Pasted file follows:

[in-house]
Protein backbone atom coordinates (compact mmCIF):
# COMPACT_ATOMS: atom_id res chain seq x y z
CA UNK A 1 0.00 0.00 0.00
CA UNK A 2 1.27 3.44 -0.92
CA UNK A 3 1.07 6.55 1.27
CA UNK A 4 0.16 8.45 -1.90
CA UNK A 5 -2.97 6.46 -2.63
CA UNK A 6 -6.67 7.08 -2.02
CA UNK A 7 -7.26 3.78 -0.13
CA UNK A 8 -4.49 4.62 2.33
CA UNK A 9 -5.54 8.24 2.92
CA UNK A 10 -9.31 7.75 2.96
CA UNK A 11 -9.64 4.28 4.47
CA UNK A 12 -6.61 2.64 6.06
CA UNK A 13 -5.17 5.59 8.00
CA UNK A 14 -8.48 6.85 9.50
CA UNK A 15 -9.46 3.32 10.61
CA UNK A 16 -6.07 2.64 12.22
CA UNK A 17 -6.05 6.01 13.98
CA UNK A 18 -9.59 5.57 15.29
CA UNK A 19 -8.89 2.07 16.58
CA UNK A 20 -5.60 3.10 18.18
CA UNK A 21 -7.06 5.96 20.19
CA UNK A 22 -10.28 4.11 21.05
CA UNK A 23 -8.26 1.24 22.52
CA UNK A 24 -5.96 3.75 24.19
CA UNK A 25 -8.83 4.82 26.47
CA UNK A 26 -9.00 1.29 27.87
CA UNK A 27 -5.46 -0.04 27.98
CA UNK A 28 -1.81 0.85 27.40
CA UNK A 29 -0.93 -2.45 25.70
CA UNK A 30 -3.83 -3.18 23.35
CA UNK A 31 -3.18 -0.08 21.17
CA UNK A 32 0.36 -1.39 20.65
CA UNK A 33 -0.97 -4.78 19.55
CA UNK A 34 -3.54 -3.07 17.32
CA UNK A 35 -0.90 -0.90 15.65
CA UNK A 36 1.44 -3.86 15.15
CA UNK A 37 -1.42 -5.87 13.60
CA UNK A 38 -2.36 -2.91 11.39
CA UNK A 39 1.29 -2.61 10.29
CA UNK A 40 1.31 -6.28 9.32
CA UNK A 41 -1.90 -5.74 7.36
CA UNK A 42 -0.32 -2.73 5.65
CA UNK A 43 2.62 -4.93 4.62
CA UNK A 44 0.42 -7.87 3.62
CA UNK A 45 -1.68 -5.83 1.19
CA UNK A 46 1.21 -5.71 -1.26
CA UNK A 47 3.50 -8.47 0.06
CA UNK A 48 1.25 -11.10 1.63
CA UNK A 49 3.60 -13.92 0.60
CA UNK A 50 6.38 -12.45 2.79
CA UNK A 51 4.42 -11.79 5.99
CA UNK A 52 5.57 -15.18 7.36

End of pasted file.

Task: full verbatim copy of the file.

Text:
[in-house]
Protein backbone atom coordinates (compact mmCIF):
# COMPACT_ATOMS: atom_id res chain seq x y z
CA UNK A 1 0.00 0.00 0.00
CA UNK A 2 1.27 3.44 -0.92
CA UNK A 3 1.07 6.55 1.27
CA UNK A 4 0.16 8.45 -1.90
CA UNK A 5 -2.97 6.46 -2.63
CA UNK A 6 -6.67 7.08 -2.02
CA UNK A 7 -7.26 3.78 -0.13
CA UNK A 8 -4.49 4.62 2.33
CA UNK A 9 -5.54 8.24 2.92
CA UNK A 10 -9.31 7.75 2.96
CA UNK A 11 -9.64 4.28 4.47
CA UNK A 12 -6.61 2.64 6.06
CA UNK A 13 -5.17 5.59 8.00
CA UNK A 14 -8.48 6.85 9.50
CA UNK A 15 -9.46 3.32 10.61
CA UNK A 16 -6.07 2.64 12.22
CA UNK A 17 -6.05 6.01 13.98
CA UNK A 18 -9.59 5.57 15.29
CA UNK A 19 -8.89 2.07 16.58
CA UNK A 20 -5.60 3.10 18.18
CA UNK A 21 -7.06 5.96 20.19
CA UNK A 22 -10.28 4.11 21.05
CA UNK A 23 -8.26 1.24 22.52
CA UNK A 24 -5.96 3.75 24.19
CA UNK A 25 -8.83 4.82 26.47
CA UNK A 26 -9.00 1.29 27.87
CA UNK A 27 -5.46 -0.04 27.98
CA UNK A 28 -1.81 0.85 27.40
CA UNK A 29 -0.93 -2.45 25.70
CA UNK A 30 -3.83 -3.18 23.35
CA UNK A 31 -3.18 -0.08 21.17
CA UNK A 32 0.36 -1.39 20.65
CA UNK A 33 -0.97 -4.78 19.55
CA UNK A 34 -3.54 -3.07 17.32
CA UNK A 35 -0.90 -0.90 15.65
CA UNK A 36 1.44 -3.86 15.15
CA UNK A 37 -1.42 -5.87 13.60
CA UNK A 38 -2.36 -2.91 11.39
CA UNK A 39 1.29 -2.61 10.29
CA UNK A 40 1.31 -6.28 9.32
CA UNK A 41 -1.90 -5.74 7.36
CA UNK A 42 -0.32 -2.73 5.65
CA UNK A 43 2.62 -4.93 4.62
CA UNK A 44 0.42 -7.87 3.62
CA UNK A 45 -1.68 -5.83 1.19
CA UNK A 46 1.21 -5.71 -1.26
CA UNK A 47 3.50 -8.47 0.06
CA UNK A 48 1.25 -11.10 1.63
CA UNK A 49 3.60 -13.92 0.60
CA UNK A 50 6.38 -12.45 2.79
CA UNK A 51 4.42 -11.79 5.99
CA UNK A 52 5.57 -15.18 7.36